|کد مقاله||کد نشریه||سال انتشار||مقاله انگلیسی||ترجمه فارسی||نسخه تمام متن|
|140860||162789||2015||14 صفحه PDF||سفارش دهید||دانلود رایگان|
• Decisions were often a response to acute recruiting problems rather than a pursuit of strategic goals.
• Only a few or individual actors played an active role in decision-making processes.
• Decision-making processes were frequently shifted into informal decision-making situations.
• Solutions to specific problems, clubs are oriented toward (proven) routines, or “successful” solutions from other clubs.
• Sport clubs that can be characterized by more systematic procedure are more effective in solving personnel problems.
Effective strategies for recruiting volunteers who are prepared to make a long-term commitment to formal positions are essential for the survival of voluntary sport clubs. This article examines the decision-making processes in relation to these efforts. Under the assumption of bounded rationality, the garbage can model is used to grasp these decision-making processes theoretically and access them empirically. Based on case study framework an in-depth analysis of recruitment practices was conducted in nine selected sport clubs. Results showed that the decision-making processes are generally characterized by a reactive approach in which dominant actors try to handle personnel problems of recruitment in the administration and sport domains through routine formal committee work and informal networks. In addition, it proved possible to develop a typology that delivers an overview of different decision-making practices in terms of the specific interplay of the relevant components of process control (top-down vs. bottom-up) and problem processing (situational vs. systematic).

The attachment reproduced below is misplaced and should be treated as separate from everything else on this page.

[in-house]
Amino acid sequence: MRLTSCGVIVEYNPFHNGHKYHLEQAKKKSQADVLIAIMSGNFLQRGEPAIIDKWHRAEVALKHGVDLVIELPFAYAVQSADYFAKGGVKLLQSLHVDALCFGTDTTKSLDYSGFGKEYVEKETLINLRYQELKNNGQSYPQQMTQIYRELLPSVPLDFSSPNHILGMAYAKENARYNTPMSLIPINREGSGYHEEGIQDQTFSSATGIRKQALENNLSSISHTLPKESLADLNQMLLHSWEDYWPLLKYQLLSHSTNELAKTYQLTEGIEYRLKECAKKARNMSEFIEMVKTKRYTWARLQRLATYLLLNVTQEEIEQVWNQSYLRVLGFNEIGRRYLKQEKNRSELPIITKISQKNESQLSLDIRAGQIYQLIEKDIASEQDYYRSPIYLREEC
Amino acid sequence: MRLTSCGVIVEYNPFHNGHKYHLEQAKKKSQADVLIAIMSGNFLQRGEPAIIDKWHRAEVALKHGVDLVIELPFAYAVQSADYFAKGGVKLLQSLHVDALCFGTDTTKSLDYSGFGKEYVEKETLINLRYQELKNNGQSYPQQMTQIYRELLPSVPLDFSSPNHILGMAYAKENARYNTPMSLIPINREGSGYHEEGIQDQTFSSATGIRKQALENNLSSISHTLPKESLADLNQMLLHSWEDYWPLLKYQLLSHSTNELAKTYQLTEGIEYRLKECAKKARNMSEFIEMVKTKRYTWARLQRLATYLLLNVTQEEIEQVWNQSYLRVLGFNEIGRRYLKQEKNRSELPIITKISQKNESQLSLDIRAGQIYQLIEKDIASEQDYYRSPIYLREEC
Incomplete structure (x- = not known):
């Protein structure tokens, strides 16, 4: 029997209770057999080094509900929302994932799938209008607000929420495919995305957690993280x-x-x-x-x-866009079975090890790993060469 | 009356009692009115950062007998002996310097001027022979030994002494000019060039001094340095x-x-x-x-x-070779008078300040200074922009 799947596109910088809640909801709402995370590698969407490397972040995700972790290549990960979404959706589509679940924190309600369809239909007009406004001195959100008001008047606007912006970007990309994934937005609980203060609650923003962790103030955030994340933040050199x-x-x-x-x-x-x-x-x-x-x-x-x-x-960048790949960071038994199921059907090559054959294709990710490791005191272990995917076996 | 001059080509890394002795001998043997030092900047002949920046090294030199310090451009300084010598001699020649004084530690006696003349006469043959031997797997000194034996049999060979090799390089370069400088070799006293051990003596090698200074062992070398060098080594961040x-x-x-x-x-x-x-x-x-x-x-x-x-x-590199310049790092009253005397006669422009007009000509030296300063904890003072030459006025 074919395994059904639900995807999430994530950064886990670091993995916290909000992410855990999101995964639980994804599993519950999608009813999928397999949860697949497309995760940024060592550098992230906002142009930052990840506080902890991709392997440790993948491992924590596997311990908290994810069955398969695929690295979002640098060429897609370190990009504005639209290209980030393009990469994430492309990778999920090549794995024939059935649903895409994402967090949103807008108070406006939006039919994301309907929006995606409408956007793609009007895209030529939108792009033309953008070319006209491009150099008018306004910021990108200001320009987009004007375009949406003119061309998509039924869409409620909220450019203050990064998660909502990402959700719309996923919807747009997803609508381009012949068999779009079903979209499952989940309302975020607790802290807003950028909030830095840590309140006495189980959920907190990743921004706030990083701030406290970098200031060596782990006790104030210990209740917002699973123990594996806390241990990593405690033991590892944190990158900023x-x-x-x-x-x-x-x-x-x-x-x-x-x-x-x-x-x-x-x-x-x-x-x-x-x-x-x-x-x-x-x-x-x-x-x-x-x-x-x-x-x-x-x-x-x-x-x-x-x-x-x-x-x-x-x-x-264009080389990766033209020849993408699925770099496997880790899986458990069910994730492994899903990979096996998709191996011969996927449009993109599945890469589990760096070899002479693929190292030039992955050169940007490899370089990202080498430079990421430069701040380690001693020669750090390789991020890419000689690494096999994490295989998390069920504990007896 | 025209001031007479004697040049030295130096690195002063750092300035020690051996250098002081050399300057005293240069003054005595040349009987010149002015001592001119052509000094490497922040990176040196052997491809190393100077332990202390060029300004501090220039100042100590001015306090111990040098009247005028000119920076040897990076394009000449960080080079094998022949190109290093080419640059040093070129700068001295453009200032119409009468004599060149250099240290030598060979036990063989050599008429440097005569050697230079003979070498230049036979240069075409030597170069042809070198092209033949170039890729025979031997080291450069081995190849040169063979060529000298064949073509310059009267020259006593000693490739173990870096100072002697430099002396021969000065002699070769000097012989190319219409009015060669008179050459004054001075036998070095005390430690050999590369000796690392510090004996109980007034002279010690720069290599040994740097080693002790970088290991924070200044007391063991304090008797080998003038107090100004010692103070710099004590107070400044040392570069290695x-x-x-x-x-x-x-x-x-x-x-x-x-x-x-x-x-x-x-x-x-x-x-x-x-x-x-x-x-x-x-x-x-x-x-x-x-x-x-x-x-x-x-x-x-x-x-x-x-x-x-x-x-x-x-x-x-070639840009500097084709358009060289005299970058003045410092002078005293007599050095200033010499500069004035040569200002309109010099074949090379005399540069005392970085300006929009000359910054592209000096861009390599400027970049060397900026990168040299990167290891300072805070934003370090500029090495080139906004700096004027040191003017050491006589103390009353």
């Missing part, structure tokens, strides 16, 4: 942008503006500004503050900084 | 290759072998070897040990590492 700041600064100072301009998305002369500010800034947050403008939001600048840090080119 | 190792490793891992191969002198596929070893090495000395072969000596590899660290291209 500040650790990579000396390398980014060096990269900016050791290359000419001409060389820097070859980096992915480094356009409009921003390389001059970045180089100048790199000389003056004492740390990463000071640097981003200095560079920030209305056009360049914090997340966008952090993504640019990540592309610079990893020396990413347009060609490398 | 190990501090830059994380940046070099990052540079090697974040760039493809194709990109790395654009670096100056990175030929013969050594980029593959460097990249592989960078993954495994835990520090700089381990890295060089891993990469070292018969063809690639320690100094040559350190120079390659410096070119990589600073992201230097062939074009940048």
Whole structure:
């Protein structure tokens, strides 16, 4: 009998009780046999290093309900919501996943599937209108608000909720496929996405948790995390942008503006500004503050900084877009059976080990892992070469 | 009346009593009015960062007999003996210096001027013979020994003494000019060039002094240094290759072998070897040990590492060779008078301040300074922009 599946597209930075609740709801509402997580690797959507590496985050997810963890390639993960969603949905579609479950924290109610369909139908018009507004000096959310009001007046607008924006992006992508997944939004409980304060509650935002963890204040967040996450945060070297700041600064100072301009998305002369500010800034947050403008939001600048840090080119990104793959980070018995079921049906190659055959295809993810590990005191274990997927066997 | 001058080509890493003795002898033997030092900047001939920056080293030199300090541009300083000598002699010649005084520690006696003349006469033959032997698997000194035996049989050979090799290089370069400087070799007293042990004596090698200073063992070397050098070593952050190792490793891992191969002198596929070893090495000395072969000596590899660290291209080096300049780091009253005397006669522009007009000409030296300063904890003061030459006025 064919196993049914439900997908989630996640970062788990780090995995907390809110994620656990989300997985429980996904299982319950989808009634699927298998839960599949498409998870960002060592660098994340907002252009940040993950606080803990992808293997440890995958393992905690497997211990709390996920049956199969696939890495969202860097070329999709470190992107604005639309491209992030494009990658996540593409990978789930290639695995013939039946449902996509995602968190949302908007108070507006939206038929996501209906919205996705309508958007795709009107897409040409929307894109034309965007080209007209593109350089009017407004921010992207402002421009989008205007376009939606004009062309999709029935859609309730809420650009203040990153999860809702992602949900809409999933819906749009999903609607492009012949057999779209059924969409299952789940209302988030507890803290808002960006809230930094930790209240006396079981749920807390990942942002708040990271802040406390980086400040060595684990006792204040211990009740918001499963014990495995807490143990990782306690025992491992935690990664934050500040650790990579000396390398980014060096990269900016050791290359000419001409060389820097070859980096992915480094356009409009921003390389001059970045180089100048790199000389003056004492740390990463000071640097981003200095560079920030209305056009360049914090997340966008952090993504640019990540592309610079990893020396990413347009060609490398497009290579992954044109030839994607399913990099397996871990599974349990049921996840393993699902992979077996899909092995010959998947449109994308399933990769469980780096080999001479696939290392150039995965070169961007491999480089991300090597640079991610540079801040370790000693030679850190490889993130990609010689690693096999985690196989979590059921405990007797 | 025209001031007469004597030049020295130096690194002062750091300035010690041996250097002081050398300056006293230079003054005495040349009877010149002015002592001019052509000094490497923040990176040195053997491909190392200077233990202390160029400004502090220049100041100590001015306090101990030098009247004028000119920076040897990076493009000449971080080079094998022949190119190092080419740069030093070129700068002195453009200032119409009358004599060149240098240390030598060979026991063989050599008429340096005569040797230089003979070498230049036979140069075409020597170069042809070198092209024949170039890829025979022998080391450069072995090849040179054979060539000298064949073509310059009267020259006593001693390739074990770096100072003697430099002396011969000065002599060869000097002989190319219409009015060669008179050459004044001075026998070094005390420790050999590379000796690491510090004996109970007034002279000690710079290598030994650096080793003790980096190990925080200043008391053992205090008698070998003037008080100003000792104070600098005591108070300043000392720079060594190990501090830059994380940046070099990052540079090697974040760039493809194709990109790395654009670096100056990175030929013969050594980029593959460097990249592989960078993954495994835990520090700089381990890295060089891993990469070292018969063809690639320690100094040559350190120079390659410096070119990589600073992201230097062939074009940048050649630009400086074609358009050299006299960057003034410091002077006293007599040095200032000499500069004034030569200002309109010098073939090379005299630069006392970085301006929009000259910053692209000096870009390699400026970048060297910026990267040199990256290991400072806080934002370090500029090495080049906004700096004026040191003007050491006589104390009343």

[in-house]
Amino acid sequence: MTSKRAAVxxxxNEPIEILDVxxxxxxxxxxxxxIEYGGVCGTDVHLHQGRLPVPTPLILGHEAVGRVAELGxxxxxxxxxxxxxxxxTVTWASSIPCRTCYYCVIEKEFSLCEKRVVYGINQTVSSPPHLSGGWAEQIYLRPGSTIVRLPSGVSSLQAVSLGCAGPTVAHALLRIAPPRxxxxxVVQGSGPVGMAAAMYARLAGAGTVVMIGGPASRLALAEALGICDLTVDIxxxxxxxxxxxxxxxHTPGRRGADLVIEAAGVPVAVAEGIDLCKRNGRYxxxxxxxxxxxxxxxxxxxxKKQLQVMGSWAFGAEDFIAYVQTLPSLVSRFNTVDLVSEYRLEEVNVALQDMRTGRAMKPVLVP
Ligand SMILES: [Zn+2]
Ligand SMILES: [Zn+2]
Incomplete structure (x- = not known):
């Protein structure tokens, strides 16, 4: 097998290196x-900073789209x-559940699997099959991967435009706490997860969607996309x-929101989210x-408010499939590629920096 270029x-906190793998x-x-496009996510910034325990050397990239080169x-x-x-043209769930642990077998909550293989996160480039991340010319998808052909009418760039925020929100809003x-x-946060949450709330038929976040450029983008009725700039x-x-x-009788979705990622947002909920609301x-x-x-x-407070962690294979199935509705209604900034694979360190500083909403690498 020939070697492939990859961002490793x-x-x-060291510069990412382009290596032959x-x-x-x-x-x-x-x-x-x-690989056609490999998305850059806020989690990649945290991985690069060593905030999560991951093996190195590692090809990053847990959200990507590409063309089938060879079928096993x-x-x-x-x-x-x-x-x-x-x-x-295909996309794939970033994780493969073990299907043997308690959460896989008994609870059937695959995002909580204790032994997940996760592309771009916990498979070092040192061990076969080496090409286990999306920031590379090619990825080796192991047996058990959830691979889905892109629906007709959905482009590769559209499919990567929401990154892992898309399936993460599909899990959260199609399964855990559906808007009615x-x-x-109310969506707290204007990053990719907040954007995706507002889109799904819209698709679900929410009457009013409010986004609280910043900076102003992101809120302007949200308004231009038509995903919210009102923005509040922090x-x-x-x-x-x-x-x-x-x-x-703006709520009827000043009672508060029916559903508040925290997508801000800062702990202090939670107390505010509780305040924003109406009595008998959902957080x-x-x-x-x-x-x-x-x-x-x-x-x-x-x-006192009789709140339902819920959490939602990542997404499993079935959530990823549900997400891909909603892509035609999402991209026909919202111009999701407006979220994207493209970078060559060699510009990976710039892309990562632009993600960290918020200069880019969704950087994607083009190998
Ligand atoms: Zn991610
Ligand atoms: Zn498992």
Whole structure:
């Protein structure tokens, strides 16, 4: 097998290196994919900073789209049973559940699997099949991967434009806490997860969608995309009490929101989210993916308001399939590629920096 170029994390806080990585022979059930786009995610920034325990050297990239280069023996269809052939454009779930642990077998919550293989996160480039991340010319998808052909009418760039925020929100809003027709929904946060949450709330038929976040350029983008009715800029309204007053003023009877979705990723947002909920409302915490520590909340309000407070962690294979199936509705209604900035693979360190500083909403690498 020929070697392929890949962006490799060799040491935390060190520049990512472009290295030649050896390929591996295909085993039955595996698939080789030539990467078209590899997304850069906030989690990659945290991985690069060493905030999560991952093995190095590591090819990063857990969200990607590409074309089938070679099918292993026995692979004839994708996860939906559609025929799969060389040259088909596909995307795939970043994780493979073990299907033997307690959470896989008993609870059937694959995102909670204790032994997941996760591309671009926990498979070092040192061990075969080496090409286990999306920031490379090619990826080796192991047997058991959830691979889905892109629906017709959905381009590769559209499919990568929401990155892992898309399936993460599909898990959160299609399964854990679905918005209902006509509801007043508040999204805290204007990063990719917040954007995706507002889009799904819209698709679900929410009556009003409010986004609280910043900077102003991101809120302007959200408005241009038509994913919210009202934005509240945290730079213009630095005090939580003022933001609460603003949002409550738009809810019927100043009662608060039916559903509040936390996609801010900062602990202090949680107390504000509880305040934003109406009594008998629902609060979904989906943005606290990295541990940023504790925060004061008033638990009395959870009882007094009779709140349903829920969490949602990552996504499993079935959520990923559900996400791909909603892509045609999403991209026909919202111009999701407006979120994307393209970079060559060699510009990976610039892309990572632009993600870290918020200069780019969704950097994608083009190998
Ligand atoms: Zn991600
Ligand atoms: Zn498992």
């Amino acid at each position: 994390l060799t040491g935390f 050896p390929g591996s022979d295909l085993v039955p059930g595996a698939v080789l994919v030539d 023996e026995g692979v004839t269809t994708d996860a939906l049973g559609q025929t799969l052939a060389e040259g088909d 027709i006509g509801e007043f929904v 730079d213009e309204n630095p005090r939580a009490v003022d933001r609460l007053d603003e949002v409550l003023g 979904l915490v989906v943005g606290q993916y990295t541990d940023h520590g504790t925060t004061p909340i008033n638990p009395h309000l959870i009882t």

Journal: Sport Management Review - Volume 18, Issue 2, May 2015, Pages 193–206